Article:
Alex Paton

She/her

Tabby Tracker

I'm from: Tullah
Current Location: Molesworth/Sandy Bay UTAS
Position: PhD Candidate, School of Biological Sciences, University of Tasmania
Field of research/work: Applied Ecology
YTS Years: 2021 2022

Alex's Notable career moments

  • Nearly failed maths

  • Was discouraged from taking physical sciences

  • Started a bachelors of Marine and Antarctic Science.

  • Undertook a CSIRO summer vacation scholarship on carp control agents)

  • Then I did a third year project on harmful algal blooms.

    Settled into an honors project comparing different wildlife monitoring methods in forests.

  • I track feral cats using special cameras in Tasmania's wilderness.

About Alex Paton

I didn’t plan on becoming a detective, but through my skills in coding and an array of advanced cameras, I stumbled into spying on Tasmania’s most notorious criminals… Cats! I spend my days four-wheel driving or travelling by boat and light aircraft to explore some of Tasmania’s most remote environments to track down these tricky felines.
This kind of work is called invasive species management. This involves studying animals or plants that have been brought to a place they otherwise wouldn’t be in by humans. Notorious invasive criminals include black rats, foxes, sea spurge, and carp. Managing these species involves figuring out where they are, if they are spreading, how bad they are for the environment, and what we can do to fix the problem. It requires logic, planning, strategizing, and, most importantly, investigating!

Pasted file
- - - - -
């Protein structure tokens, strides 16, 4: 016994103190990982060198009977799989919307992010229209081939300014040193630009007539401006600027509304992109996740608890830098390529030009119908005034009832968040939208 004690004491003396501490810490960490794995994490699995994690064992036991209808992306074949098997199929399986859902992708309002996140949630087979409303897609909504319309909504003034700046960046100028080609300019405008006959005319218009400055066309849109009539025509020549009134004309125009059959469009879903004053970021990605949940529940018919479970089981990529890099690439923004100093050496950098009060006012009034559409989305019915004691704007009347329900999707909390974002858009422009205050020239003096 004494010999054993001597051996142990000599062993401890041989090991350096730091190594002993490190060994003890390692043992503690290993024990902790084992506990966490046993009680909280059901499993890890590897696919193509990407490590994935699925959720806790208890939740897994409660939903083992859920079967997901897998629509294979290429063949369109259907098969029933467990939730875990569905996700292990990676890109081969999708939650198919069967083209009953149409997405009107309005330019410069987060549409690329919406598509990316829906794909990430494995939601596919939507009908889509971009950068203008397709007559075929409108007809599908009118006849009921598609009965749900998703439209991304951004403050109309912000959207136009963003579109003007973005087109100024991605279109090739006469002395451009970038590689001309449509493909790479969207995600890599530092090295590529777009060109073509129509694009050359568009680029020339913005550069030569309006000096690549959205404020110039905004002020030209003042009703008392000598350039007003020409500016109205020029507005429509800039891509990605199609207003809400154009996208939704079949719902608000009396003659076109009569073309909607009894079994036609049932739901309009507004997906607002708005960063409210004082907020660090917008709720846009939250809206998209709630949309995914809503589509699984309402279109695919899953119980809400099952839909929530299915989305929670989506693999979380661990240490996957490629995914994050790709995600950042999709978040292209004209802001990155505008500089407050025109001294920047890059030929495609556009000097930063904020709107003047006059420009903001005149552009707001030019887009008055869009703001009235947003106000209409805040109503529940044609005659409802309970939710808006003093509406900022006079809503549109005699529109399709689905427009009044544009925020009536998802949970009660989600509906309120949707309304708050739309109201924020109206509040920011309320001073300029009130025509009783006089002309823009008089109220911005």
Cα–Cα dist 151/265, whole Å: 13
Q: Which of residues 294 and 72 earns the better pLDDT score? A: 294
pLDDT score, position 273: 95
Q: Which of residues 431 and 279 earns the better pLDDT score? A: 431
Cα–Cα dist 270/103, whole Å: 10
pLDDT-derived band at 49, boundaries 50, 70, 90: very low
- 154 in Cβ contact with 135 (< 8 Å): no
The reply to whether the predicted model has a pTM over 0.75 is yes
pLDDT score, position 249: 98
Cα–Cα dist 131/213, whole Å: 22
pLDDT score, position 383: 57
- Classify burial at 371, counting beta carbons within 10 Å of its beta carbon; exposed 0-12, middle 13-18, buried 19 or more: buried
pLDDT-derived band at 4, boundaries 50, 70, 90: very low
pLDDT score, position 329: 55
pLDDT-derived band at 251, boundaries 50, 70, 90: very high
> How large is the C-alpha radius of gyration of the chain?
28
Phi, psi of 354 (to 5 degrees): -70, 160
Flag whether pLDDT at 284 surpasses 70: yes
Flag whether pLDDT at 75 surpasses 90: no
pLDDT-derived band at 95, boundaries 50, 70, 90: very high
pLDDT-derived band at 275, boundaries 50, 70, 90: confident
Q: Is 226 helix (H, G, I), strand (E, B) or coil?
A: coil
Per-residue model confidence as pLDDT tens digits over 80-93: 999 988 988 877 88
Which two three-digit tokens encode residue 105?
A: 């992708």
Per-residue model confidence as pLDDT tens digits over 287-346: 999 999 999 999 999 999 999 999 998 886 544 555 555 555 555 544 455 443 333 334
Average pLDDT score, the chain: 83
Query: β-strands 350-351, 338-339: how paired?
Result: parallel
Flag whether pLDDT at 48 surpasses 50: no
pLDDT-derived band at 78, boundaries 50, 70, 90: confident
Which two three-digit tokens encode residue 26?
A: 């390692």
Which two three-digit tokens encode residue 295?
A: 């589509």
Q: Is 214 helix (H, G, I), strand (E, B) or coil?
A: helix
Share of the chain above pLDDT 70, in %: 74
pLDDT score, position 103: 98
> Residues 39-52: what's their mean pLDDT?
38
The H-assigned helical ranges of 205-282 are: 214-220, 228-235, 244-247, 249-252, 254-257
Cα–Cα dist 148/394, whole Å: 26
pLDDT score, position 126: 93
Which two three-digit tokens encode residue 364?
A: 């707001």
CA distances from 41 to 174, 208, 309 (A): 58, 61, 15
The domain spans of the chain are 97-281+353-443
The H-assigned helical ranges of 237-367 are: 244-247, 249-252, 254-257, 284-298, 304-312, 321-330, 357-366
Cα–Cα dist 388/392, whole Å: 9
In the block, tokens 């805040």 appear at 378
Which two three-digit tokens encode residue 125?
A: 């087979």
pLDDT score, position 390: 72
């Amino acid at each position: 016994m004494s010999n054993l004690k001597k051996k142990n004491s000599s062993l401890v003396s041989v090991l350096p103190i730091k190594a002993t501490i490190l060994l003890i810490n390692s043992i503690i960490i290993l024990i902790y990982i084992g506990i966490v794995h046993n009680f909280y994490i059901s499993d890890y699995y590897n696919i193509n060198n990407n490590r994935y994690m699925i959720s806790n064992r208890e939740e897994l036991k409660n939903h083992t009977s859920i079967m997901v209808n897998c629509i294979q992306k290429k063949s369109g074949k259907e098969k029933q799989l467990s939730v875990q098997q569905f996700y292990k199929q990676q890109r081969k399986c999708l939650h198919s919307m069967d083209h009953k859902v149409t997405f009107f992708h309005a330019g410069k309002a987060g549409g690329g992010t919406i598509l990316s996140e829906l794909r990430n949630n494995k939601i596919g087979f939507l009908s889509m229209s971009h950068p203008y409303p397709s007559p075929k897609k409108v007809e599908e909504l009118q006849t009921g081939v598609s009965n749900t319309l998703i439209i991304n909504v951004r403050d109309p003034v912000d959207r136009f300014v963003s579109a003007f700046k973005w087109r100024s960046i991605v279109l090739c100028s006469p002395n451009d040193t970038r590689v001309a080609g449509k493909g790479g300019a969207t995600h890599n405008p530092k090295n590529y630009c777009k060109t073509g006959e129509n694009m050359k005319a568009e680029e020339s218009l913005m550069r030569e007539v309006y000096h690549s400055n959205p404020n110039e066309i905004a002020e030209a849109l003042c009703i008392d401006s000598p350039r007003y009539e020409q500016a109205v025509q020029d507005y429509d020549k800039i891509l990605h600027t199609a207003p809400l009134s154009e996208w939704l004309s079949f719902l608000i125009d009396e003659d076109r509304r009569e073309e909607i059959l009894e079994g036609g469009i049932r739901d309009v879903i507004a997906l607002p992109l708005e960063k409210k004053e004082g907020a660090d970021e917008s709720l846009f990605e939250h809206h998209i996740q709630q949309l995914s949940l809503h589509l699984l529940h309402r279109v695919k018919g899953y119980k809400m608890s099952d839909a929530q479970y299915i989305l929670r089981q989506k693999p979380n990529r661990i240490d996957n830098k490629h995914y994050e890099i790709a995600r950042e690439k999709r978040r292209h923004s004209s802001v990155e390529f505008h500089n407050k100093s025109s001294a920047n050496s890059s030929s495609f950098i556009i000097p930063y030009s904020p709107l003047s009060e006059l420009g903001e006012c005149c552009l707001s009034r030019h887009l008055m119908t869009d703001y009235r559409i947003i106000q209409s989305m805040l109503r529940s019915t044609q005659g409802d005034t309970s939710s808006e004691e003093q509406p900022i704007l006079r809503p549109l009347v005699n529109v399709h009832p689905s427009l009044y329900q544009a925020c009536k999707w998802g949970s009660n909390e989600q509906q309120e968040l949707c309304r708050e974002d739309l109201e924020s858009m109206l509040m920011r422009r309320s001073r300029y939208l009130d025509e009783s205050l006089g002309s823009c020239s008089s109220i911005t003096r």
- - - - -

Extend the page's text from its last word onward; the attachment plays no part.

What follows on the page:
My job is to figure out where cats are in Tasmania, if they know we are spying on them, what we can do to lure them to our cameras, how many there are, and what kind of environments they like. These kinds of questions are the backbone of invasive species management.
Before cats, I researched an invasive fish species called carp, and whether or not a disease could be used to control their populations. I also worked harmful algal blooms in the ocean (is it going to get harder to eat shellfish?), examining how climate change influences grassland plants, and monitoring animals through their poop. I have studied lots of different animals and plants in lots of different environments, but at the core I am always investigating, which is what science is all about.

Alex's Photo Gallery